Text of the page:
Huawei is a risk, therefore, for Britain to change course on 5G, ex-MI6 spymaster says

LONDON (Reuters) – China’s Huawei poses as a serious danger to the safety and security of the United Kingdom that the government should reconsider its decision to give it a limited role in the development of 5G networks, a former head of the british MI6 foreign spy service said on Thursday.

A Huawei surveillance camera is seen displayed at an exhibition during the World Intelligence Congress in Tianjin, China-May 16, 2019. REUTERS/Jason Lee

In what some have likened to the Cold War and arms race, the United States is afraid that 5G dominant position would give a global competitor, such as China an advantage, Washington is not ready to accept.

The Trump administration, which is the hit Huawei with strict sanctions on Wednesday, told the allies not to make use of the technology, because fear can be a vehicle for Chinese spying. Huawei has repeatedly denied.

But British ministers have agreed with the Huawei a limited role in building parts of the 5G network. The final decision is not yet published.

“I sincerely hope that there is time for the BRITISH government, and the chance that if I write a new minister-president, a review of the Huawei decision,” said Richard Recently, was chief of the Secret Intelligence Service from 1996 to 2004.

“The ability to control the communication and the data that flows through channels will be the route to exercise power over the society and in other countries,” Recently wrote in the preface of a report on Huawei by the Henry Jackson Society.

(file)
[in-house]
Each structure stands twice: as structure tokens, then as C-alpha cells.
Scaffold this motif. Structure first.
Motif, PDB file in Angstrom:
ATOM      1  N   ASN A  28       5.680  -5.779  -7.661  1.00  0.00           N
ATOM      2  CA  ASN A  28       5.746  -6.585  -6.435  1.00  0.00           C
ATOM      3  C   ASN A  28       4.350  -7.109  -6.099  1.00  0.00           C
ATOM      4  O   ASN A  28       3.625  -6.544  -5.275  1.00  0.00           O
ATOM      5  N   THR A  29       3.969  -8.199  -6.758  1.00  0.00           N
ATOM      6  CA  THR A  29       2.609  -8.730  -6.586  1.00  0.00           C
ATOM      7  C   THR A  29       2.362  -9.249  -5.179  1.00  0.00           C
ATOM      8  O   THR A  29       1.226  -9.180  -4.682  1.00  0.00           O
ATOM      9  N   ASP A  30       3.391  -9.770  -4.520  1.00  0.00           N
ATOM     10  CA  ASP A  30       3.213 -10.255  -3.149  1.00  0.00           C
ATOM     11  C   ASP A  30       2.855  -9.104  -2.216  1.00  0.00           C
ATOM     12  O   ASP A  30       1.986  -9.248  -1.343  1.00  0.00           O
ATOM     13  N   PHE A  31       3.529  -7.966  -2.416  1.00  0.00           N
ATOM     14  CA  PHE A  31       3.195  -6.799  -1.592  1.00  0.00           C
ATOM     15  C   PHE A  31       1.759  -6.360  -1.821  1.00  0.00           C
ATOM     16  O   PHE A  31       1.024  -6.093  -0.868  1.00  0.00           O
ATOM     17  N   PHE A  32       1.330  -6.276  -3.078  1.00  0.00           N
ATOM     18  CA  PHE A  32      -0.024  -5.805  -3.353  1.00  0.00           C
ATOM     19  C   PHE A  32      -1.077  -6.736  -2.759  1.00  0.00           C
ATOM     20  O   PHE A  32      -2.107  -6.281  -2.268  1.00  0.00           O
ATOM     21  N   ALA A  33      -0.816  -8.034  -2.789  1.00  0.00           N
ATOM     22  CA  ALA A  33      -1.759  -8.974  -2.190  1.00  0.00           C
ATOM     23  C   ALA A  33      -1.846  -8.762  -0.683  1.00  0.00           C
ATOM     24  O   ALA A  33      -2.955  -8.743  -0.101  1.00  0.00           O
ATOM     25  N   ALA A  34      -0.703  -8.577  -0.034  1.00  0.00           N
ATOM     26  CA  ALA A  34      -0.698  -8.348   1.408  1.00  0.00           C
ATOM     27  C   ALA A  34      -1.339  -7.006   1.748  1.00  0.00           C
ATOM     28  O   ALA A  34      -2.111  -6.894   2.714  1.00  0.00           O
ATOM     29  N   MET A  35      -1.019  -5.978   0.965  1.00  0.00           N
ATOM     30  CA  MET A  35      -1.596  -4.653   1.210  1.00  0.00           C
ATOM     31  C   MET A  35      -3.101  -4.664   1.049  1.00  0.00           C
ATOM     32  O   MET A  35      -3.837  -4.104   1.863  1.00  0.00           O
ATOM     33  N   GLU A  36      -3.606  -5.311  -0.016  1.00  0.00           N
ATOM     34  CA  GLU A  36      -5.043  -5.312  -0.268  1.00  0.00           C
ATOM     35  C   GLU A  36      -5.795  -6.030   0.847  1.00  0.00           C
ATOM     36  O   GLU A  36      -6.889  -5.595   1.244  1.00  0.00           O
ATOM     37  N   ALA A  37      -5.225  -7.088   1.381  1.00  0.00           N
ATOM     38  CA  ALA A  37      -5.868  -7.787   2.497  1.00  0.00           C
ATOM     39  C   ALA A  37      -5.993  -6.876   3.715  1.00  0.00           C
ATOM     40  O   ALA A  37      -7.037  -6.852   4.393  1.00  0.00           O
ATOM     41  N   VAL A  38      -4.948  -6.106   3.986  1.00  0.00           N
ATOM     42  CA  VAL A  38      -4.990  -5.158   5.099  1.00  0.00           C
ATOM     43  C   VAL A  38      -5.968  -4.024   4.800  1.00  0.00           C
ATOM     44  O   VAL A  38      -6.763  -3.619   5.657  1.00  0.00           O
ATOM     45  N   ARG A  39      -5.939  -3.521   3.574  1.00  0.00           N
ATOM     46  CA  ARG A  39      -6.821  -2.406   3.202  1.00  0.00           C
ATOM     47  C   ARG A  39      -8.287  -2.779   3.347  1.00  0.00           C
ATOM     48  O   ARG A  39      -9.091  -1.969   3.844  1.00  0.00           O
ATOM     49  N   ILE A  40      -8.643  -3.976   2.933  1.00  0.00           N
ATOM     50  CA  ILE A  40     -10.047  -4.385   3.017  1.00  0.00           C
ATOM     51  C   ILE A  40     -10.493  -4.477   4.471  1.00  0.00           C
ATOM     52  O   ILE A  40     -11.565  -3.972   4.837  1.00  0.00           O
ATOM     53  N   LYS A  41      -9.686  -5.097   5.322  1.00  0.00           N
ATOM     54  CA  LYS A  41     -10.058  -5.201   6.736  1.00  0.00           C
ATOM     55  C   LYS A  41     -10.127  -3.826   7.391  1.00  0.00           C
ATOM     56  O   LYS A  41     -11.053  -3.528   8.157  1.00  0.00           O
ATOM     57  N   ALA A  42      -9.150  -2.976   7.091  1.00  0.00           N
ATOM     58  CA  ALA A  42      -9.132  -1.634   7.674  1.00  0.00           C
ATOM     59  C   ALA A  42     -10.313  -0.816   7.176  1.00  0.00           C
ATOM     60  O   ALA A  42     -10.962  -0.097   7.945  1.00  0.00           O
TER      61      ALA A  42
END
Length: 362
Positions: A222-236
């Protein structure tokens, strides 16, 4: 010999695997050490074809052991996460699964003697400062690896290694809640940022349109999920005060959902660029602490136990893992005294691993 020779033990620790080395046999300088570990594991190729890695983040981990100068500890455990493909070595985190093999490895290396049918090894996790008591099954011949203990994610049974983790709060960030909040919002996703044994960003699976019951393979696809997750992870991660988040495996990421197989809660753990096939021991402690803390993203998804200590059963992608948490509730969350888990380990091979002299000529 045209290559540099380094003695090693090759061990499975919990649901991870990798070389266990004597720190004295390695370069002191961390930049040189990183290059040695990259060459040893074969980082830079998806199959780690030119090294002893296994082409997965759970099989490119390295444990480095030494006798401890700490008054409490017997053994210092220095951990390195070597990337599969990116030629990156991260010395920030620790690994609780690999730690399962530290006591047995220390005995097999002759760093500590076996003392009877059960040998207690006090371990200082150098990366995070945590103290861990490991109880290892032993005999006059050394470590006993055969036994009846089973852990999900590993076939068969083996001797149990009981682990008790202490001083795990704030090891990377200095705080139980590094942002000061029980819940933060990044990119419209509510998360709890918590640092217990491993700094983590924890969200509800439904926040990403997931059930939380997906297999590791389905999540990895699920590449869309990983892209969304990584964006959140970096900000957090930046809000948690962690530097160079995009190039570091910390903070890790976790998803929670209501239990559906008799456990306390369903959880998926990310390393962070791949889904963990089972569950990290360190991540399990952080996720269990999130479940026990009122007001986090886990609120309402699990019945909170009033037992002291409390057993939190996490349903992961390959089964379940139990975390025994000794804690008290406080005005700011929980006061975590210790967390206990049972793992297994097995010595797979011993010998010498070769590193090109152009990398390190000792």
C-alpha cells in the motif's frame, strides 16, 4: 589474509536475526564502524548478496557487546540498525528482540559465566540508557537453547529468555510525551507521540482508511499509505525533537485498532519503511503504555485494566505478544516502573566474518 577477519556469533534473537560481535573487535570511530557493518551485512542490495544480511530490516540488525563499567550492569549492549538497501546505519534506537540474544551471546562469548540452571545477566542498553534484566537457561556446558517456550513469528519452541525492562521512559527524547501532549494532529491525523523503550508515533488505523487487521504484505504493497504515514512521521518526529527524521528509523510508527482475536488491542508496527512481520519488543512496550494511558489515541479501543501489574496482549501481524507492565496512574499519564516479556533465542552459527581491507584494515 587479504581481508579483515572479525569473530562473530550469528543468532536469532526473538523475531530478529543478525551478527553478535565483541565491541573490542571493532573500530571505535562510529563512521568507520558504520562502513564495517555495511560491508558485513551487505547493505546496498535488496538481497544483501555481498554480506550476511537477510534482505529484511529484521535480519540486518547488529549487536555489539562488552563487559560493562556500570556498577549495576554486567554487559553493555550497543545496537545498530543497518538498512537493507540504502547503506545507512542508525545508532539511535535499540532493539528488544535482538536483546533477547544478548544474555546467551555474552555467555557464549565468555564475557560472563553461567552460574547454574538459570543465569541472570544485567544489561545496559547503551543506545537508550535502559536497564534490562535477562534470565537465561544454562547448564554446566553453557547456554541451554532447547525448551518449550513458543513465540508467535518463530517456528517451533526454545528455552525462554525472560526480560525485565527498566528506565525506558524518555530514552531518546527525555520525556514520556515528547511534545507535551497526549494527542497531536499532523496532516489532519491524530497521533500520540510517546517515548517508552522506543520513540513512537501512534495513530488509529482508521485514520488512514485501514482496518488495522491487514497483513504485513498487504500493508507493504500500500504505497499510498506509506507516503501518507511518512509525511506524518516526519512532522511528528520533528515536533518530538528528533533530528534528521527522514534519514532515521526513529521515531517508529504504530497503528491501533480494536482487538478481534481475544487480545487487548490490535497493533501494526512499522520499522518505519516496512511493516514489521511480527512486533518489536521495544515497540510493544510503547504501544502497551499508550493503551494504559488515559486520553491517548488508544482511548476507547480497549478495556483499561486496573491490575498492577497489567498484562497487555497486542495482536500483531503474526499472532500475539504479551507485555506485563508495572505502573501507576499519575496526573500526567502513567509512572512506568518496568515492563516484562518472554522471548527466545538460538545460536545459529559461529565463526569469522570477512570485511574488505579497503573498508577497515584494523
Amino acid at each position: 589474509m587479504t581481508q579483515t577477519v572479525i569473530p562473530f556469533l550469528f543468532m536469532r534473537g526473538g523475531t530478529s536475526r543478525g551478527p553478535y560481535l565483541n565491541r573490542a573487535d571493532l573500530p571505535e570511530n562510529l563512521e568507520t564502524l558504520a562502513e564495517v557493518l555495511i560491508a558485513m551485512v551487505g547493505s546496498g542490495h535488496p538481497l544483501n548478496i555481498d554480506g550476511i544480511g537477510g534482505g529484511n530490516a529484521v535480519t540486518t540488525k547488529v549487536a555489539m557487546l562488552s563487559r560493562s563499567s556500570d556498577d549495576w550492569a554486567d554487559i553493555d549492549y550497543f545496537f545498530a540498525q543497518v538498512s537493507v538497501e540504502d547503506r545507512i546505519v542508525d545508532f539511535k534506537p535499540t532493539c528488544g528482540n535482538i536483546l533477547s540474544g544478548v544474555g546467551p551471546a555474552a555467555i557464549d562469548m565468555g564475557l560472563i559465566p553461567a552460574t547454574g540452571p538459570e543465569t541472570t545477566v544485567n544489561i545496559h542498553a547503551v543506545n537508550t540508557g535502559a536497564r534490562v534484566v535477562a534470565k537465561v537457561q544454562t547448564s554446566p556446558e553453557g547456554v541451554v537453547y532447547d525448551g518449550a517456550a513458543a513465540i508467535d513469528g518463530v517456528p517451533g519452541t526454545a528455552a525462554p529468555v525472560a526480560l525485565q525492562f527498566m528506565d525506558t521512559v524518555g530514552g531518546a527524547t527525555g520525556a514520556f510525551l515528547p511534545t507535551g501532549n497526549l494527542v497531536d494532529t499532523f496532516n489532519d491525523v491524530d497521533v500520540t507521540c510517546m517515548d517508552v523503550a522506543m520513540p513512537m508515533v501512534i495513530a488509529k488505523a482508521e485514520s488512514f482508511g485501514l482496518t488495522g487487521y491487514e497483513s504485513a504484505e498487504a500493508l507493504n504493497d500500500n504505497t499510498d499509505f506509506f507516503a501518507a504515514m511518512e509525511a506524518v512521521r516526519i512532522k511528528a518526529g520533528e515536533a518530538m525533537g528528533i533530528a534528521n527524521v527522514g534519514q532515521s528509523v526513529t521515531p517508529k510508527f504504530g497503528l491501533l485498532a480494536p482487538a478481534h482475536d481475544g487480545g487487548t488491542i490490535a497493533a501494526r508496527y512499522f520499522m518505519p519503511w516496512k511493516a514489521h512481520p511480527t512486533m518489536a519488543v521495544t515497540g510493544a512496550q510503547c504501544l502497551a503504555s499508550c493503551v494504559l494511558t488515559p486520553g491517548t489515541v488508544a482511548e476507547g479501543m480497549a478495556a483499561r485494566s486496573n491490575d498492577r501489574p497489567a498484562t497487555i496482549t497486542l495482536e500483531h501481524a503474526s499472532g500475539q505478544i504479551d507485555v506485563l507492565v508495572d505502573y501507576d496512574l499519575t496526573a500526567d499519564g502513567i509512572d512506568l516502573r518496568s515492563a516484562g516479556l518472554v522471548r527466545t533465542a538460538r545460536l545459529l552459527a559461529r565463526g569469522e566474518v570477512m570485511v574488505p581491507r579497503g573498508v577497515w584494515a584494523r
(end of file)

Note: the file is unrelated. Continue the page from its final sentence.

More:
Huawei, founded in 1987 by a former engineer in China’s People’s Liberation Army, denies it is spying for Beijing, says it is in accordance with the law and that the United States try to lubricate, because Western companies are falling behind.

The US Secretary of State Mike Pompeo told Britain for a visit this month that it is necessary to change attitude towards China and Huawei, the casting of the second largest economy in the world as a threat to the West comparable to that once posed by the Soviet Union.

Recently, that during 38 years in the British intelligence service, said it was deeply worrying that the British government “seems to have decided to the development of a number of of her most sensitive critical infrastructure” in the hands of a Chinese company.

“Not part of the Communist Chinese government is eventually able to work free of the control exercised by the Communist y leadership,” he said Recently.

“We should also not be affected by the threat of the economic cost of either delaying 5G or settle for a less capable and more expensive provider,” he said.

Reporting by Guy Faulconbridge; editing by Michael Holden and Andrew MacAskill

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